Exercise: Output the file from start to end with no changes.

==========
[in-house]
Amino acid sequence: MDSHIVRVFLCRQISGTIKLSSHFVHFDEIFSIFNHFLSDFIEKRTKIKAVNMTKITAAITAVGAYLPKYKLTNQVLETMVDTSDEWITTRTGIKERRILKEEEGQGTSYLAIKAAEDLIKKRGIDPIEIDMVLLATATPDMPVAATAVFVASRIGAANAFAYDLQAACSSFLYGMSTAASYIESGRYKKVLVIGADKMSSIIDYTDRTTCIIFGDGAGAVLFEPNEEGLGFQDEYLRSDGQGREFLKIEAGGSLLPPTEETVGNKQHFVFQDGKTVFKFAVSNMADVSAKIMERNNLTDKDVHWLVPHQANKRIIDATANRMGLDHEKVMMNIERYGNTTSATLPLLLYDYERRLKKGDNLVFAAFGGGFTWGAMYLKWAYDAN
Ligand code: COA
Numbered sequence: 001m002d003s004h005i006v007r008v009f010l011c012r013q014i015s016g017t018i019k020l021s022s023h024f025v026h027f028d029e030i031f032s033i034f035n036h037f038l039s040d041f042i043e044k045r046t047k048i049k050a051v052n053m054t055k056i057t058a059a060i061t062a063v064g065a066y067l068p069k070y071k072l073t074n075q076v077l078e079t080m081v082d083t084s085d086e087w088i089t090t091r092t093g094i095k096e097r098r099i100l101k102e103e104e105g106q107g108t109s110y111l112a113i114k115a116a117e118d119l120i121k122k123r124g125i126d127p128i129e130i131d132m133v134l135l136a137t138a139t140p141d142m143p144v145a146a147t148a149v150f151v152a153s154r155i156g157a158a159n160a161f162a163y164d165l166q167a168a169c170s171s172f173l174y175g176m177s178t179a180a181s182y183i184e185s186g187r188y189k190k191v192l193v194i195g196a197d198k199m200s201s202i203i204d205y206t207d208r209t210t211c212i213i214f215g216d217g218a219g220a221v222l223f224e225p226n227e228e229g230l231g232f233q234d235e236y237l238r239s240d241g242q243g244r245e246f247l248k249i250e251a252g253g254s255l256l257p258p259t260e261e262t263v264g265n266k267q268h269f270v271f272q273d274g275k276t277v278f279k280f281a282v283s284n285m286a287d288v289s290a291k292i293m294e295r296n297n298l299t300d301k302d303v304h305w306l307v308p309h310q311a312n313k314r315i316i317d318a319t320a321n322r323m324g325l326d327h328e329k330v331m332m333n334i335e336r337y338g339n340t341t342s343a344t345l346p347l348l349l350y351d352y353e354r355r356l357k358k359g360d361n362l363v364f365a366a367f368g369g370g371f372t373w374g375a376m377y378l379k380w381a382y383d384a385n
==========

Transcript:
[in-house]
Amino acid sequence: MDSHIVRVFLCRQISGTIKLSSHFVHFDEIFSIFNHFLSDFIEKRTKIKAVNMTKITAAITAVGAYLPKYKLTNQVLETMVDTSDEWITTRTGIKERRILKEEEGQGTSYLAIKAAEDLIKKRGIDPIEIDMVLLATATPDMPVAATAVFVASRIGAANAFAYDLQAACSSFLYGMSTAASYIESGRYKKVLVIGADKMSSIIDYTDRTTCIIFGDGAGAVLFEPNEEGLGFQDEYLRSDGQGREFLKIEAGGSLLPPTEETVGNKQHFVFQDGKTVFKFAVSNMADVSAKIMERNNLTDKDVHWLVPHQANKRIIDATANRMGLDHEKVMMNIERYGNTTSATLPLLLYDYERRLKKGDNLVFAAFGGGFTWGAMYLKWAYDAN
Ligand code: COA
Numbered sequence: 001m002d003s004h005i006v007r008v009f010l011c012r013q014i015s016g017t018i019k020l021s022s023h024f025v026h027f028d029e030i031f032s033i034f035n036h037f038l039s040d041f042i043e044k045r046t047k048i049k050a051v052n053m054t055k056i057t058a059a060i061t062a063v064g065a066y067l068p069k070y071k072l073t074n075q076v077l078e079t080m081v082d083t084s085d086e087w088i089t090t091r092t093g094i095k096e097r098r099i100l101k102e103e104e105g106q107g108t109s110y111l112a113i114k115a116a117e118d119l120i121k122k123r124g125i126d127p128i129e130i131d132m133v134l135l136a137t138a139t140p141d142m143p144v145a146a147t148a149v150f151v152a153s154r155i156g157a158a159n160a161f162a163y164d165l166q167a168a169c170s171s172f173l174y175g176m177s178t179a180a181s182y183i184e185s186g187r188y189k190k191v192l193v194i195g196a197d198k199m200s201s202i203i204d205y206t207d208r209t210t211c212i213i214f215g216d217g218a219g220a221v222l223f224e225p226n227e228e229g230l231g232f233q234d235e236y237l238r239s240d241g242q243g244r245e246f247l248k249i250e251a252g253g254s255l256l257p258p259t260e261e262t263v264g265n266k267q268h269f270v271f272q273d274g275k276t277v278f279k280f281a282v283s284n285m286a287d288v289s290a291k292i293m294e295r296n297n298l299t300d301k302d303v304h305w306l307v308p309h310q311a312n313k314r315i316i317d318a319t320a321n322r323m324g325l326d327h328e329k330v331m332m333n334i335e336r337y338g339n340t341t342s343a344t345l346p347l348l349l350y351d352y353e354r355r356l357k358k359g360d361n362l363v364f365a366a367f368g369g370g371f372t373w374g375a376m377y378l379k380w381a382y383d384a385n